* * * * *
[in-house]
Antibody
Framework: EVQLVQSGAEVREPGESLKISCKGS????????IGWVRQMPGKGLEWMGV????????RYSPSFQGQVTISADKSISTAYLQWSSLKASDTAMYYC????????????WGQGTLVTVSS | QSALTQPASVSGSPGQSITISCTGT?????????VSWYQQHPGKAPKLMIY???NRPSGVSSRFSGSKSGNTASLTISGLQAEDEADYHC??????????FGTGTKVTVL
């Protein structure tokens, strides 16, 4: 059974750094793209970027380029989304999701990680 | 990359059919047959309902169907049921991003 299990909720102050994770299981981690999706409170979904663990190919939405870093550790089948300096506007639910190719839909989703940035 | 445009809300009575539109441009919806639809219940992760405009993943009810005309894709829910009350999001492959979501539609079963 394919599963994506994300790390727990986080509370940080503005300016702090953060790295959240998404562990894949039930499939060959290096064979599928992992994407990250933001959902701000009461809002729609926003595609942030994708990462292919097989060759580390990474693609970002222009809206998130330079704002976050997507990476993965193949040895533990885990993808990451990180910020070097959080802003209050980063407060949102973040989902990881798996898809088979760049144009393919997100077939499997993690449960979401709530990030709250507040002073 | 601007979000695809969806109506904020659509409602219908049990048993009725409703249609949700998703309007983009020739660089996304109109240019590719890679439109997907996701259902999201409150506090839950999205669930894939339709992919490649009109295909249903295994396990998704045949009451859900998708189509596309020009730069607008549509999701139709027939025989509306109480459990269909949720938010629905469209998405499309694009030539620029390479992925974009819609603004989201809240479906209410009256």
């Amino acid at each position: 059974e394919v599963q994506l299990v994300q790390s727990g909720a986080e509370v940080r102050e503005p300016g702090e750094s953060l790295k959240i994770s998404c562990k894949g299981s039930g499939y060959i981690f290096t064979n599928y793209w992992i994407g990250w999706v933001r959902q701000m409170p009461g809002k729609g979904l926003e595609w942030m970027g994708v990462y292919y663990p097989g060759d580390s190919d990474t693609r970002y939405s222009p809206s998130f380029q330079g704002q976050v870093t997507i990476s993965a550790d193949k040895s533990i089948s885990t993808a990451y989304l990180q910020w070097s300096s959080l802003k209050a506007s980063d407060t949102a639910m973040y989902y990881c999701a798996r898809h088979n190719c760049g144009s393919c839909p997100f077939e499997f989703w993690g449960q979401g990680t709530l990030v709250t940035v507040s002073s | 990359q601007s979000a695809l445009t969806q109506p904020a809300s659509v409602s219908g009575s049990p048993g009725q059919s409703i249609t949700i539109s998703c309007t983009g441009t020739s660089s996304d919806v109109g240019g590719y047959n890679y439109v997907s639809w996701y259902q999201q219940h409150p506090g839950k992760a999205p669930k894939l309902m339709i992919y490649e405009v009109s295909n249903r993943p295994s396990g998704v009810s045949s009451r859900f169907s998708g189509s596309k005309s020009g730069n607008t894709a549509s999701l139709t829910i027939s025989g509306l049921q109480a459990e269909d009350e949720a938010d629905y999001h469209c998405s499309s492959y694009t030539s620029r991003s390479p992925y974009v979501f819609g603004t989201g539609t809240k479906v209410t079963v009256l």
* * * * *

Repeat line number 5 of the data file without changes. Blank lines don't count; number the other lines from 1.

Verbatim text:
């Amino acid at each position: 059974e394919v599963q994506l299990v994300q790390s727990g909720a986080e509370v940080r102050e503005p300016g702090e750094s953060l790295k959240i994770s998404c562990k894949g299981s039930g499939y060959i981690f290096t064979n599928y793209w992992i994407g990250w999706v933001r959902q701000m409170p009461g809002k729609g979904l926003e595609w942030m970027g994708v990462y292919y663990p097989g060759d580390s190919d990474t693609r970002y939405s222009p809206s998130f380029q330079g704002q976050v870093t997507i990476s993965a550790d193949k040895s533990i089948s885990t993808a990451y989304l990180q910020w070097s300096s959080l802003k209050a506007s980063d407060t949102a639910m973040y989902y990881c999701a798996r898809h088979n190719c760049g144009s393919c839909p997100f077939e499997f989703w993690g449960q979401g990680t709530l990030v709250t940035v507040s002073s | 990359q601007s979000a695809l445009t969806q109506p904020a809300s659509v409602s219908g009575s049990p048993g009725q059919s409703i249609t949700i539109s998703c309007t983009g441009t020739s660089s996304d919806v109109g240019g590719y047959n890679y439109v997907s639809w996701y259902q999201q219940h409150p506090g839950k992760a999205p669930k894939l309902m339709i992919y490649e405009v009109s295909n249903r993943p295994s396990g998704v009810s045949s009451r859900f169907s998708g189509s596309k005309s020009g730069n607008t894709a549509s999701l139709t829910i027939s025989g509306l049921q109480a459990e269909d009350e949720a938010d629905y999001h469209c998405s499309s492959y694009t030539s620029r991003s390479p992925y974009v979501f819609g603004t989201g539609t809240k479906v209410t079963v009256l």